A CYCLE OF OUTRAGE: America’s Reaction to the Juvenile Delinquent in the 1950s by James Burkhart Gilbert looks at the conviction American society was under siege by youth running wild (teen sex! teen crime!) and that the cause of it was found in popular culture: movies, comic books and rock-and-roll were corrupting America’s youth (part of the issue for intelligentsia taking this line was that national popular culture erased regional, local culture, and didn’t embrace Social Realism the way they thought it should). Gilbert looks at the various movers and shakers from the FBI to anti-comics activist Fredric Wertham and their various efforts to figure out a solution. However as they were frequently at odds with each other (was government censorship the answer?) nothing really developed.
This is very inside baseball in spots, though Gilbert does a good job showing how the crisis was perceived and whether there really was a crisis (statistics aren’t reliable enough to be sure). A brief discussion of Teenagers From Outer Space makes me think the juvenile-delinquent stereotype is the reason for making the ETs teens (whose ruthlessness comes from Bad Upbringing).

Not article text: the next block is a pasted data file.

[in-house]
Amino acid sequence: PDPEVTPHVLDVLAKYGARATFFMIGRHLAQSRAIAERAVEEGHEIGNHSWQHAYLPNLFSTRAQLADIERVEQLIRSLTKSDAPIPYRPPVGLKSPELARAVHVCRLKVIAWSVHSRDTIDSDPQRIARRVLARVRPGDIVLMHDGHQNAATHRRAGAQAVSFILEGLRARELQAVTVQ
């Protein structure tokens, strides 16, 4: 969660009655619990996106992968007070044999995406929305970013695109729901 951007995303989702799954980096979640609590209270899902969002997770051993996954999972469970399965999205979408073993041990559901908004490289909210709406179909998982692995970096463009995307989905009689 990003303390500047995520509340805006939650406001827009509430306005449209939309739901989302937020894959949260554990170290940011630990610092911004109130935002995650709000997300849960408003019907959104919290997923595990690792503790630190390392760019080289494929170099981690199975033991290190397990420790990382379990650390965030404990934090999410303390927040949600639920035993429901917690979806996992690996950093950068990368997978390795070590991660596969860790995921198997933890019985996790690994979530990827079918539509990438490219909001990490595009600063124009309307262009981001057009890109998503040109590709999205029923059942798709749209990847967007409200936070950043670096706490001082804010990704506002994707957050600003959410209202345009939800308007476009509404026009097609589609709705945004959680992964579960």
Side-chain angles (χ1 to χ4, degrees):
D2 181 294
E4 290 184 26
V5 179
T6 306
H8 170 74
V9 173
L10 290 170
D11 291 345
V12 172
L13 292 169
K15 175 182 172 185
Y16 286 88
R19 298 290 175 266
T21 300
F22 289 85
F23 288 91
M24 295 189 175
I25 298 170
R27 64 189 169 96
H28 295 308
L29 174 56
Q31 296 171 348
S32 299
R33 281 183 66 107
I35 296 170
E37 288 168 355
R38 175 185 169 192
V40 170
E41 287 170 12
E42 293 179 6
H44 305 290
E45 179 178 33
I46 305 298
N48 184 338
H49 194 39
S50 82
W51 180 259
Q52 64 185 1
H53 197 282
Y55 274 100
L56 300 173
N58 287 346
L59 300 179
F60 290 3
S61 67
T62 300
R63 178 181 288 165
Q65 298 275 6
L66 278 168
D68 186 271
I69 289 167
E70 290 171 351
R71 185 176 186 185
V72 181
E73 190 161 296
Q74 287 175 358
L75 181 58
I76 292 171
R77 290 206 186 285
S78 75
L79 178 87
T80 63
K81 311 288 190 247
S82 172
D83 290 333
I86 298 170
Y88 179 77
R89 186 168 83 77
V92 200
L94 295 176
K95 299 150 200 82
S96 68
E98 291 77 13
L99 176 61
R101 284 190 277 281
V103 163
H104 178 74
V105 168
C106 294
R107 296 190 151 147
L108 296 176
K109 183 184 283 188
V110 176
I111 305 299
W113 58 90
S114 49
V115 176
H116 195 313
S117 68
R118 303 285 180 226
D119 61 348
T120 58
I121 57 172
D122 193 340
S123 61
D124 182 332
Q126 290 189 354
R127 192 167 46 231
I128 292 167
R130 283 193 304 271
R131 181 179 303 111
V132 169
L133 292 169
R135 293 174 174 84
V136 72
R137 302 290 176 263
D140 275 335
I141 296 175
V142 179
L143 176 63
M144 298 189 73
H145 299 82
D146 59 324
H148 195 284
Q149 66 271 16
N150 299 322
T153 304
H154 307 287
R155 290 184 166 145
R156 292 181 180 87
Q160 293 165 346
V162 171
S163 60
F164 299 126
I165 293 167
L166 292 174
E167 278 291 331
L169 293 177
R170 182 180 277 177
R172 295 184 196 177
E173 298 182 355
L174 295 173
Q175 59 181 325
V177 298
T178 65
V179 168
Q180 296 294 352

TEENAGE CONFIDENTIAL: An Illustrated History of the American Teen by Michael Barson and Steven Heller focuses more on the pop culture side, showing how teens went from cute and wholesome (Andy Hardy, Archie) to Wild And Dangerous, as captured in multiple films, comics and paperbacks. More entertaining than Cycle of Outrage, and I don’t think less deep. Between them they should give me some useful thoughts about how teens are portrayed in movies such as The Blob.John Le Carré’s SILVERVIEW has a businessman turned bookstore owner strike up friendship with Edward, a local gent who has some good advice on how to boost store traffic — and by the way, could I use your computers to do some relevant online research? Unfortunately it turns out Edward has a mysterious past, connections with MI5 and a current project that’s of great concern to the heads of national security … In the introduction, the late novelist’s son says his father charged him with finishing and publishing any leftover material at the time of Le Carré’s death; to his surprise, this novel was finished and polished so he just had to get it to the publisher. I wonder if the issue might have been that his father wanted to add some material: 200 pages is relatively short these days and Edward’s project could have used some explaining. As is, it’s not great but it is good.
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